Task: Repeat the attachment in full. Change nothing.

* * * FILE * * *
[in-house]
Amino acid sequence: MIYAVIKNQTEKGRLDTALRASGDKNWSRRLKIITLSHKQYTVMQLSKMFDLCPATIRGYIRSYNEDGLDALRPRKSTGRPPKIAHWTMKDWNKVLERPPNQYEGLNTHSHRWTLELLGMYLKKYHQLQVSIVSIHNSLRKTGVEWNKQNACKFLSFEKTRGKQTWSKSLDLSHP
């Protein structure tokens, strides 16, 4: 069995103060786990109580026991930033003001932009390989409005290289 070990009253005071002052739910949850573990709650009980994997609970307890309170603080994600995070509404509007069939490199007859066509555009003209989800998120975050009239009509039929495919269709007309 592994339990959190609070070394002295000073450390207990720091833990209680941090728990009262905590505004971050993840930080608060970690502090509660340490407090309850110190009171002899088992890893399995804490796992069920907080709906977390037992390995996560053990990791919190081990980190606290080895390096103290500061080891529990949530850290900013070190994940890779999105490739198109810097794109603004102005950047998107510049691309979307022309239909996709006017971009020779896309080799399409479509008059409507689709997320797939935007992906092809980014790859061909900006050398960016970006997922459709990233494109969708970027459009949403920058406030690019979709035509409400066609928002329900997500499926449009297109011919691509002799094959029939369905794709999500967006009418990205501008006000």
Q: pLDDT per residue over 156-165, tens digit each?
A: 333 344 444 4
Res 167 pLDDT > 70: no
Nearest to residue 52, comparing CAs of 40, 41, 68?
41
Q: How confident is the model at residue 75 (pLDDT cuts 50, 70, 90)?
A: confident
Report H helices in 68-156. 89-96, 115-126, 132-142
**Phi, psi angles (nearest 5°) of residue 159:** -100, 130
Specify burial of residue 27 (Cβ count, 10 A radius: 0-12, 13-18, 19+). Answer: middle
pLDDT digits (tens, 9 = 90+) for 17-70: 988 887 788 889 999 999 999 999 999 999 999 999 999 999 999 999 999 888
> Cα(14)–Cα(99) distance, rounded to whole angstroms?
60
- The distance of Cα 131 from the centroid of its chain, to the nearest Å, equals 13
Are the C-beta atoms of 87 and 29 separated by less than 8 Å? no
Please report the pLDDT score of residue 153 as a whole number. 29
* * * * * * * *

[in-house]
Amino acid sequence: MIYAVIKNQTEKGRLDTALRASGDKNWSRRLKIITLSHKQYTVMQLSKMFDLCPATIRGYIRSYNEDGLDALRPRKSTGRPPKIAHWTMKDWNKVLERPPNQYEGLNTHSHRWTLELLGMYLKKYHQLQVSIVSIHNSLRKTGVEWNKQNACKFLSFEKTRGKQTWSKSLDLSHP
């Protein structure tokens, strides 16, 4: 069995103060786990109580026991930033003001932009390989409005290289 070990009253005071002052739910949850573990709650009980994997609970307890309170603080994600995070509404509007069939490199007859066509555009003209989800998120975050009239009509039929495919269709007309 592994339990959190609070070394002295000073450390207990720091833990209680941090728990009262905590505004971050993840930080608060970690502090509660340490407090309850110190009171002899088992890893399995804490796992069920907080709906977390037992390995996560053990990791919190081990980190606290080895390096103290500061080891529990949530850290900013070190994940890779999105490739198109810097794109603004102005950047998107510049691309979307022309239909996709006017971009020779896309080799399409479509008059409507689709997320797939935007992906092809980014790859061909900006050398960016970006997922459709990233494109969708970027459009949403920058406030690019979709035509409400066609928002329900997500499926449009297109011919691509002799094959029939369905794709999500967006009418990205501008006000």
Q: pLDDT per residue over 156-165, tens digit each?
A: 333 344 444 4
Res 167 pLDDT > 70: no
Nearest to residue 52, comparing CAs of 40, 41, 68?
41
Q: How confident is the model at residue 75 (pLDDT cuts 50, 70, 90)?
A: confident
Report H helices in 68-156. 89-96, 115-126, 132-142
**Phi, psi angles (nearest 5°) of residue 159:** -100, 130
Specify burial of residue 27 (Cβ count, 10 A radius: 0-12, 13-18, 19+). Answer: middle
pLDDT digits (tens, 9 = 90+) for 17-70: 988 887 788 889 999 999 999 999 999 999 999 999 999 999 999 999 999 888
> Cα(14)–Cα(99) distance, rounded to whole angstroms?
60
- The distance of Cα 131 from the centroid of its chain, to the nearest Å, equals 13
Are the C-beta atoms of 87 and 29 separated by less than 8 Å? no
Please report the pLDDT score of residue 153 as a whole number. 29